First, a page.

- • The buyer of the swap agrees to make a number of payments periodically tied to the price of a commodity such as oil and receive fixed payments. By entering into a commodity swap, both parties attempt to hedge their exposures to the commodity prices.
- Swap currency
- • The buyer of the swap agrees to make a number of fixed or floating interest rate payments periodically to the seller in one currency on some agreed upon notional amount and receive payments denoted in another currency. For instance, one party pays UD dollars and receives British pounds. By entering into a currency swap, both parties attempt to hedge their FX exposures.
- Swap equity
- • The buyer of the swap agrees to make a number of payments periodically tied to return on some equity index (such as S&P 500 index) and receive fixed payments (such as T-Bill rate). By entering into a equity swap, both parties attempt to hedge their exposures to stock market.
- Swap interest rate
- • The buyer of the Swap agrees to make a number of fixed interest rate payments periodically to the seller or some agreed upon notional amount. In return, the seller agrees to make floating rate interest payment on the same dates to the buyer on the same notional amount. By entering into the swap, both parties attempt to hedge their interest rate exposures.
- Swap option
- • See: Swaption. Related: Quality option.
- Swap rate
- • In the foreign-exchange market, the difference between the spot and forward rates at which a currency is traded.
- • The difference between spot and forward rates expressed in points, e.g., $0.0001 per pound sterling.
- Swap reversal
- • An interest rate swap designed to end a counterparty's role in another interest rate swap, accomplished by counterbalancing the original swap in maturity, reference rate, and notional amount.
- Swap sale
- • Also called a swap assignment, a transaction that ends one counterparty's role in an interest rate swap by substituting a new counterparty whose credit is acceptable to the other original counterparty.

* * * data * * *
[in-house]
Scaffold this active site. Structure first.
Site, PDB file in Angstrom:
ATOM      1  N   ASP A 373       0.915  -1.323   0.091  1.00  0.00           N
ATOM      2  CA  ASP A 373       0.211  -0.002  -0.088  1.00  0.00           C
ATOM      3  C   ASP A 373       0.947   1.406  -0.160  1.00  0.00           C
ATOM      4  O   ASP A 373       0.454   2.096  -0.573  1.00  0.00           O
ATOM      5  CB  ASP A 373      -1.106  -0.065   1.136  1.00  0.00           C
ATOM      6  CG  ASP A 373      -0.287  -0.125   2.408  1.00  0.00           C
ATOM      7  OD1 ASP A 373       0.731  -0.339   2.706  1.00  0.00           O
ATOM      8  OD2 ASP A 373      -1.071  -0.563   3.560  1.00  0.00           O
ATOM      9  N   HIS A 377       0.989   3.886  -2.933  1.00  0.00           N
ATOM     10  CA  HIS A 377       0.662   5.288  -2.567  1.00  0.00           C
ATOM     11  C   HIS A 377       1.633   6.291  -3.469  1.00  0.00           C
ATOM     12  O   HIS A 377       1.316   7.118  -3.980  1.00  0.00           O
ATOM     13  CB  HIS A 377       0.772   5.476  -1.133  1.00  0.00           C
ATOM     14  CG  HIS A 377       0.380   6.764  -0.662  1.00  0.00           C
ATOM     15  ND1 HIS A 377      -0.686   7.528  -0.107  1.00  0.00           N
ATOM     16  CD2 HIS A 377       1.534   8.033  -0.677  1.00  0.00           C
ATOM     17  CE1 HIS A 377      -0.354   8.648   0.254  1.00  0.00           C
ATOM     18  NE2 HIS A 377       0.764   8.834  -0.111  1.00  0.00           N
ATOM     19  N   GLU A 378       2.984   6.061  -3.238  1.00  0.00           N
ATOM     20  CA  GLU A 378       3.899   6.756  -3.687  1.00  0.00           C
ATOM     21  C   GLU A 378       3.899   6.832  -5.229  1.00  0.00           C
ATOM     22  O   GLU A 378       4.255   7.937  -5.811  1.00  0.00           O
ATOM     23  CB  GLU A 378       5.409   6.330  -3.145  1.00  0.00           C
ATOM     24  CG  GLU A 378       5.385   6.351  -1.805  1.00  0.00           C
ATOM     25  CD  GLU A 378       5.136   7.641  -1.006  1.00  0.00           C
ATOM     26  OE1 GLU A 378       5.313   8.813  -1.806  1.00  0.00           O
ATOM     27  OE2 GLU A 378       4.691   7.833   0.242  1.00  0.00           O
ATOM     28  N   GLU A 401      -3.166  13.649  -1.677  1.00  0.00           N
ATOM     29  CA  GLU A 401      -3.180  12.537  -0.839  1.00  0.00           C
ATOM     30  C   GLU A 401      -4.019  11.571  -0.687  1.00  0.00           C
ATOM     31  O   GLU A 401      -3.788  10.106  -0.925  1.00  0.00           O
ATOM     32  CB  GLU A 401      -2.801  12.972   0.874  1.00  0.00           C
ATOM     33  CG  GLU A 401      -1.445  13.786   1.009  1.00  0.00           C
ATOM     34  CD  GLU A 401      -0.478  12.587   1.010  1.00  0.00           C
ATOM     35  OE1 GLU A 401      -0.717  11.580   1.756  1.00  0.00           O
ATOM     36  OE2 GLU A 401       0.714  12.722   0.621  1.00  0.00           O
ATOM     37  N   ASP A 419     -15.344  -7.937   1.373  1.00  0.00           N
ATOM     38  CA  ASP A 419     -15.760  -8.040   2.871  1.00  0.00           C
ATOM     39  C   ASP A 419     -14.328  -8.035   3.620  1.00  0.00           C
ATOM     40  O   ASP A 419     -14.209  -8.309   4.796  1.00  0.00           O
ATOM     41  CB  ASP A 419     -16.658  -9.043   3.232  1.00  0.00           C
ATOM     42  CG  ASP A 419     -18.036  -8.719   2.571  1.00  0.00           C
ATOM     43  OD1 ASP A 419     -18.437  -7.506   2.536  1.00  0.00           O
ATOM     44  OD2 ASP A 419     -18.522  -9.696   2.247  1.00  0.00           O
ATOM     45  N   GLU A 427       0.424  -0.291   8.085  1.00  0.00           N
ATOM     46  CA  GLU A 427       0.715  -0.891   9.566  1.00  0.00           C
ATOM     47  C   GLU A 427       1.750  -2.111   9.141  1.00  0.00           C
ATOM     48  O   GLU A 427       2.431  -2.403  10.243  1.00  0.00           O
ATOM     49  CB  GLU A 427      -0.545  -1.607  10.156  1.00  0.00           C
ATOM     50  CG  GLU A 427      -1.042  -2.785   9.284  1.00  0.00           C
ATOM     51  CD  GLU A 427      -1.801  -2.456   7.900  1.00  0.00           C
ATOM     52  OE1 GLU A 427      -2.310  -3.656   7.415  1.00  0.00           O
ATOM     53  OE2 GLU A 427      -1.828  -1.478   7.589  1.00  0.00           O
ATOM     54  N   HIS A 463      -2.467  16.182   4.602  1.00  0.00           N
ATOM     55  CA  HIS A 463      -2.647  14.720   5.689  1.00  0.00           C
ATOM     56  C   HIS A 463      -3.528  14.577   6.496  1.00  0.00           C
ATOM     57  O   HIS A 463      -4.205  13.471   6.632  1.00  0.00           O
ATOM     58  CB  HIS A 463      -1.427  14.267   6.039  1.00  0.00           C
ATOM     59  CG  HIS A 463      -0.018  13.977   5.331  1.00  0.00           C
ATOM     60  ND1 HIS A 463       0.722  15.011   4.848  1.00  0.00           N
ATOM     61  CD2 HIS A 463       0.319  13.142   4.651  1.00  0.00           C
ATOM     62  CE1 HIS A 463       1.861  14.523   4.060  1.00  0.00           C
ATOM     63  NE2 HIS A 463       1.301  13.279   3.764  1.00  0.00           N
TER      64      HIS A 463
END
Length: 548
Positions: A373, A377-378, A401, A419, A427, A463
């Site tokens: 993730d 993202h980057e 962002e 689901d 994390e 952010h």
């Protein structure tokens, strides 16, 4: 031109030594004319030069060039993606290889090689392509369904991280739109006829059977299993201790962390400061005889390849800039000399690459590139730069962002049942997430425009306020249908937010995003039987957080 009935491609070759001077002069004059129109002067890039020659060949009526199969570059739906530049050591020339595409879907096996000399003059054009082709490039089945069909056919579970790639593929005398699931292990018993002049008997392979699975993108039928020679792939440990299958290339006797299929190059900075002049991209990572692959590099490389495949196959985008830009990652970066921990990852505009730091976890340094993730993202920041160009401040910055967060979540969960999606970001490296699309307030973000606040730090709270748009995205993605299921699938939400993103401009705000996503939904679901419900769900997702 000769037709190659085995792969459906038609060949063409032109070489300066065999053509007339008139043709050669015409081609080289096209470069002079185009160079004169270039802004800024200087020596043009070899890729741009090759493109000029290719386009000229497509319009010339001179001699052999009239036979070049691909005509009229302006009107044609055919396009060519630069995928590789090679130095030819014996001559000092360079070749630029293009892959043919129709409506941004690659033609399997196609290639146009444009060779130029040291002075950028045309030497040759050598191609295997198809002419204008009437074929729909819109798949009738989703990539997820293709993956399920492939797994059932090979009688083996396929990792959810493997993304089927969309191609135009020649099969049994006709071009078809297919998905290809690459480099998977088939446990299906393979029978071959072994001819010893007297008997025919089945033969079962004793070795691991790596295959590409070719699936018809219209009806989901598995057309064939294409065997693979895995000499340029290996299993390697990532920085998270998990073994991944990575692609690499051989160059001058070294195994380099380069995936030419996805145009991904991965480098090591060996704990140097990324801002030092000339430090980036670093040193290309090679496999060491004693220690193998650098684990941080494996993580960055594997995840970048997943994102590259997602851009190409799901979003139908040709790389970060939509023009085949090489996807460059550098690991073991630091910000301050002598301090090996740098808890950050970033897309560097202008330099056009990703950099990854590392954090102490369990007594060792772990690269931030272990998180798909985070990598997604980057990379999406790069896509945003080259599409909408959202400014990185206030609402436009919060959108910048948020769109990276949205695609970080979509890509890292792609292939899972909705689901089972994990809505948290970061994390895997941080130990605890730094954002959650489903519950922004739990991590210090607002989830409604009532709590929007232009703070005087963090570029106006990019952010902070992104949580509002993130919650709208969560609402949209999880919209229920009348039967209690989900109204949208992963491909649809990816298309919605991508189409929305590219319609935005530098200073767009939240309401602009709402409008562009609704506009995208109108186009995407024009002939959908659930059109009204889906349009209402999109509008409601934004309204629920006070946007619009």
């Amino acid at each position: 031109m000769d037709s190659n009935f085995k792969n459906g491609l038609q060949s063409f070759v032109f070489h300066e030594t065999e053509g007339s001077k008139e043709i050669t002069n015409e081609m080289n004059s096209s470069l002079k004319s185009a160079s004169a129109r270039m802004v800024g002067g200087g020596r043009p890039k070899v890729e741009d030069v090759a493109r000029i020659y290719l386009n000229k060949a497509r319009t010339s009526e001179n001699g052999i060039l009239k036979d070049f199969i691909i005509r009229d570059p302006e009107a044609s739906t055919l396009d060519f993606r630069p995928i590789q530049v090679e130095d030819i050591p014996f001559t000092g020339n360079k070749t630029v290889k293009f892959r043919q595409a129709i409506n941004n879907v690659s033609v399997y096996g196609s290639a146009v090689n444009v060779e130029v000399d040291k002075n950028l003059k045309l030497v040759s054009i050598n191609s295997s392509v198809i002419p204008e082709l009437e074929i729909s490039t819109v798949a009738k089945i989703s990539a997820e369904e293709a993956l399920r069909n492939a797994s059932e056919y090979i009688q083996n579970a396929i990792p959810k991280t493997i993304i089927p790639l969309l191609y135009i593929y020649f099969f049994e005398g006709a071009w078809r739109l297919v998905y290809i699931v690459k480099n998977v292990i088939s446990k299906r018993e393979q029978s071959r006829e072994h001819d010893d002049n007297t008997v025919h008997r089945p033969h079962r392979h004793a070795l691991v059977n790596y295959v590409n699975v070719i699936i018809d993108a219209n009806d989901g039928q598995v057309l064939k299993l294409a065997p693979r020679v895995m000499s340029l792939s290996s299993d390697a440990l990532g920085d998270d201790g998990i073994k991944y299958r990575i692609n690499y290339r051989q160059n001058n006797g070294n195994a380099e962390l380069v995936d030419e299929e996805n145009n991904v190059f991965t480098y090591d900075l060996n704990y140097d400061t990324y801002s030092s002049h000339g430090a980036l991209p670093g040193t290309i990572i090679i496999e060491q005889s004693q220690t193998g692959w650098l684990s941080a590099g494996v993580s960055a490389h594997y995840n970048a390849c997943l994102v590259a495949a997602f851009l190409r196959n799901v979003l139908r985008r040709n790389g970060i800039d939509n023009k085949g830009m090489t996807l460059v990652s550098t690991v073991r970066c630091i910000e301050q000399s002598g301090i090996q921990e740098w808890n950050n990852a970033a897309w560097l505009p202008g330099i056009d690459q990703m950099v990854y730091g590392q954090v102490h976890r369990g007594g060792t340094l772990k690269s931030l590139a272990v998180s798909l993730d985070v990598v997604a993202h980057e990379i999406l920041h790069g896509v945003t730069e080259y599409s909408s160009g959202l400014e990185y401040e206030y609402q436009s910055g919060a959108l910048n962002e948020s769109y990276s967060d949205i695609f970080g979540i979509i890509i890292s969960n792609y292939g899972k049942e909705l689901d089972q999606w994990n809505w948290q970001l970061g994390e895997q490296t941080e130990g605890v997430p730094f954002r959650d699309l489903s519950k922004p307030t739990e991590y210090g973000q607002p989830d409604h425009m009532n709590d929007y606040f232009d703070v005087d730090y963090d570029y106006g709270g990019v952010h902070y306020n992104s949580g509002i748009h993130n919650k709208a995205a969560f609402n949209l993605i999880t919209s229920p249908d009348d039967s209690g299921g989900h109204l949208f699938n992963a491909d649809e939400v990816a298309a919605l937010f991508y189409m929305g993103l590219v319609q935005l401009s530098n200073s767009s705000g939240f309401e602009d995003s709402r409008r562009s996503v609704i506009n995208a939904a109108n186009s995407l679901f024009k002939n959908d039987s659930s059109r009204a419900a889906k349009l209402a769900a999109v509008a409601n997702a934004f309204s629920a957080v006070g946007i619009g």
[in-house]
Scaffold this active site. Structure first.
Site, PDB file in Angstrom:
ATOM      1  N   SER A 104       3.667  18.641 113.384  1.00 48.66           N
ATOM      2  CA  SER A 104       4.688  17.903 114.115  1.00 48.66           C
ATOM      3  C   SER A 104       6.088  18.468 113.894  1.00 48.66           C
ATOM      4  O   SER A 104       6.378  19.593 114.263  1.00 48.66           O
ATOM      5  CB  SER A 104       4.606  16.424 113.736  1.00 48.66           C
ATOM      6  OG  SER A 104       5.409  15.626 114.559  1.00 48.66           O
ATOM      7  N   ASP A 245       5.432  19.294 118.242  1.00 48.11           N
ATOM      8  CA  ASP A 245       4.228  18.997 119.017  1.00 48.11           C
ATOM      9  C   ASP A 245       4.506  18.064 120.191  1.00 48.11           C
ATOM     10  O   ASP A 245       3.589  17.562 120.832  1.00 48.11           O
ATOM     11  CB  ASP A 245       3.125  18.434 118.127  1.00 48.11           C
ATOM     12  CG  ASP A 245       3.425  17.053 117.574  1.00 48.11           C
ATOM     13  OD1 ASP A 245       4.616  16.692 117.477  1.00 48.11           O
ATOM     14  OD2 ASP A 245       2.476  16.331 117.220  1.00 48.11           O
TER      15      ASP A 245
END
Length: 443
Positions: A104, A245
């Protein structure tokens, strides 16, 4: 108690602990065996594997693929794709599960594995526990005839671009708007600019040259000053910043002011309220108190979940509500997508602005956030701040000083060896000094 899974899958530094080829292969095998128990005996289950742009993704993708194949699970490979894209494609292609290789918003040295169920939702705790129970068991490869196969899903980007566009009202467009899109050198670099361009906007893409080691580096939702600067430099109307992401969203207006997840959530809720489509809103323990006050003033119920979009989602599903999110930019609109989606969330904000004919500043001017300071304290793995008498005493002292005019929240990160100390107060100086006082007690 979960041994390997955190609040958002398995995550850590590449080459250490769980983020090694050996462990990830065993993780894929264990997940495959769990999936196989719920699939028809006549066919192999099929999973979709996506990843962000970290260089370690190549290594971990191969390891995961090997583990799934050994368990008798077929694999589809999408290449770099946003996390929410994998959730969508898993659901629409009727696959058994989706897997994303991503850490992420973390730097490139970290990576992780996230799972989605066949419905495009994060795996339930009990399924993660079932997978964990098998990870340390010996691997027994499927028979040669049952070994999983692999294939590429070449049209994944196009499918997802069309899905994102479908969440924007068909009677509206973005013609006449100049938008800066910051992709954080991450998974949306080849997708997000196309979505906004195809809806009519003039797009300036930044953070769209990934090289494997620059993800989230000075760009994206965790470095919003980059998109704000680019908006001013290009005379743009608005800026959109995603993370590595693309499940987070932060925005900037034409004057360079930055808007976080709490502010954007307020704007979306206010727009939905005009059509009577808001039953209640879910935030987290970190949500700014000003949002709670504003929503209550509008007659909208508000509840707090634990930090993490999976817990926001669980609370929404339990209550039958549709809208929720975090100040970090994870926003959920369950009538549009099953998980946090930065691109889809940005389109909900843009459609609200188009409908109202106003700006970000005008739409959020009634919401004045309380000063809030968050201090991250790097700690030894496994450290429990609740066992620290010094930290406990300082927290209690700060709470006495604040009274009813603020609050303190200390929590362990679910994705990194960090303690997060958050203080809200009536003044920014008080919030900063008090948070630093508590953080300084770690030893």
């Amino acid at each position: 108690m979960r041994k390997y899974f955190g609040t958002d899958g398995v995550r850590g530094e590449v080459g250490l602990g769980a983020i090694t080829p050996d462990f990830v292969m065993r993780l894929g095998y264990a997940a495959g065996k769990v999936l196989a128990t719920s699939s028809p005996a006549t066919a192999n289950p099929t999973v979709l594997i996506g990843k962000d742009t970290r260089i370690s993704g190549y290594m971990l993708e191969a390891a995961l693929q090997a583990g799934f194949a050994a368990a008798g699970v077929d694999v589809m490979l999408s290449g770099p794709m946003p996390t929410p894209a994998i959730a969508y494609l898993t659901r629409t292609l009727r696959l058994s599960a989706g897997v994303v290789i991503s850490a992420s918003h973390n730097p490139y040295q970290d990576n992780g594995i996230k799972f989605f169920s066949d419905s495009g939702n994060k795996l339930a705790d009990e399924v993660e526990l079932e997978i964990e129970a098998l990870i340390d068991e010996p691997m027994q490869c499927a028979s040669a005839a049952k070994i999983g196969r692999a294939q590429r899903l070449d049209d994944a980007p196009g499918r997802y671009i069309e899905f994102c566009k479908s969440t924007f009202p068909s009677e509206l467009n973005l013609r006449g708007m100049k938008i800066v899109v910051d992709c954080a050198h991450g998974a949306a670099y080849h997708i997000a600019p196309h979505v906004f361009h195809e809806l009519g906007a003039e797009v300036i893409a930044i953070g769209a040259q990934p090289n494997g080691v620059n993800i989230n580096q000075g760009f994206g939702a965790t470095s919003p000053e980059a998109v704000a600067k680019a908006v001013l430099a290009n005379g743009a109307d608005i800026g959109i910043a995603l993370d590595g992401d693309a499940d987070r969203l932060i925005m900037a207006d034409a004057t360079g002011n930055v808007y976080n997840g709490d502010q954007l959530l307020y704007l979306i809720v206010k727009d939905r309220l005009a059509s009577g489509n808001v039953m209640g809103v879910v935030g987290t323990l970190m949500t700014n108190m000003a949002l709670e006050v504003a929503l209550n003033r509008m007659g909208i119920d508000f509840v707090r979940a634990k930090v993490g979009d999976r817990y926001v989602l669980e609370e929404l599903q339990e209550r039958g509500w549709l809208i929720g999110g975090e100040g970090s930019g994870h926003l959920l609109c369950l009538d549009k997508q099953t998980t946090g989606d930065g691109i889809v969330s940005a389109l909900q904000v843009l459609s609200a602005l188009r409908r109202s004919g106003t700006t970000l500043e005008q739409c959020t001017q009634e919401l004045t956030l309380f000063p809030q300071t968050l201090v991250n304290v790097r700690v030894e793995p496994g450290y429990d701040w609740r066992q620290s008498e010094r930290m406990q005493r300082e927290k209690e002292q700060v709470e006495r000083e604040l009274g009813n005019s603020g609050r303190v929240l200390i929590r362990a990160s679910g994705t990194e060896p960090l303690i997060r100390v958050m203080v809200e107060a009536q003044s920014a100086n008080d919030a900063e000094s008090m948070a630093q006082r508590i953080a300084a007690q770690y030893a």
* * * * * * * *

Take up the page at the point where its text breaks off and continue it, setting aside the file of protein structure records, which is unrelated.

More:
- • An option on an interest-rate swap.
- • Options on interest rate swaps. The buyer of a swaption has the right to enter into an interest rateswap agreement by some specified date in the ' future. The swaption agreement will specify whether the buyer of the swaption will be a fixed-rate receiver or a fixed-rate payer. The writer of the swaption becomes thecounterparty to the swap if the buyer exercises.
- • Is an option on a swap. This option can be a put, call or myriad combination of option features.
- Tax swap
- • Swapping two similar bonds to receive a tax benefit.
- The imm swap
- • A swap of 1-year fixed against 3-month LIBOR, where the 3-month rate floats. The start, end, and intermediate reset dates are set to coincide with the dates on four successive IMM contracts for 3-month Eurodollars.
- Toxic waste swap
- • Is a transaction whereby two traders agree to exchange toxic waste or deeply underwater securities with one another with a swap transaction. Here, the traders can hide the losses associated with the initial losing position. Nevertheless, both parties continue to hold positions insecurities which are inherently overvalued for trading or investment purposes. Upon discovery these positions will be subject to severe mark downs in price.
It is never to late to be what you might have been. - George Eliot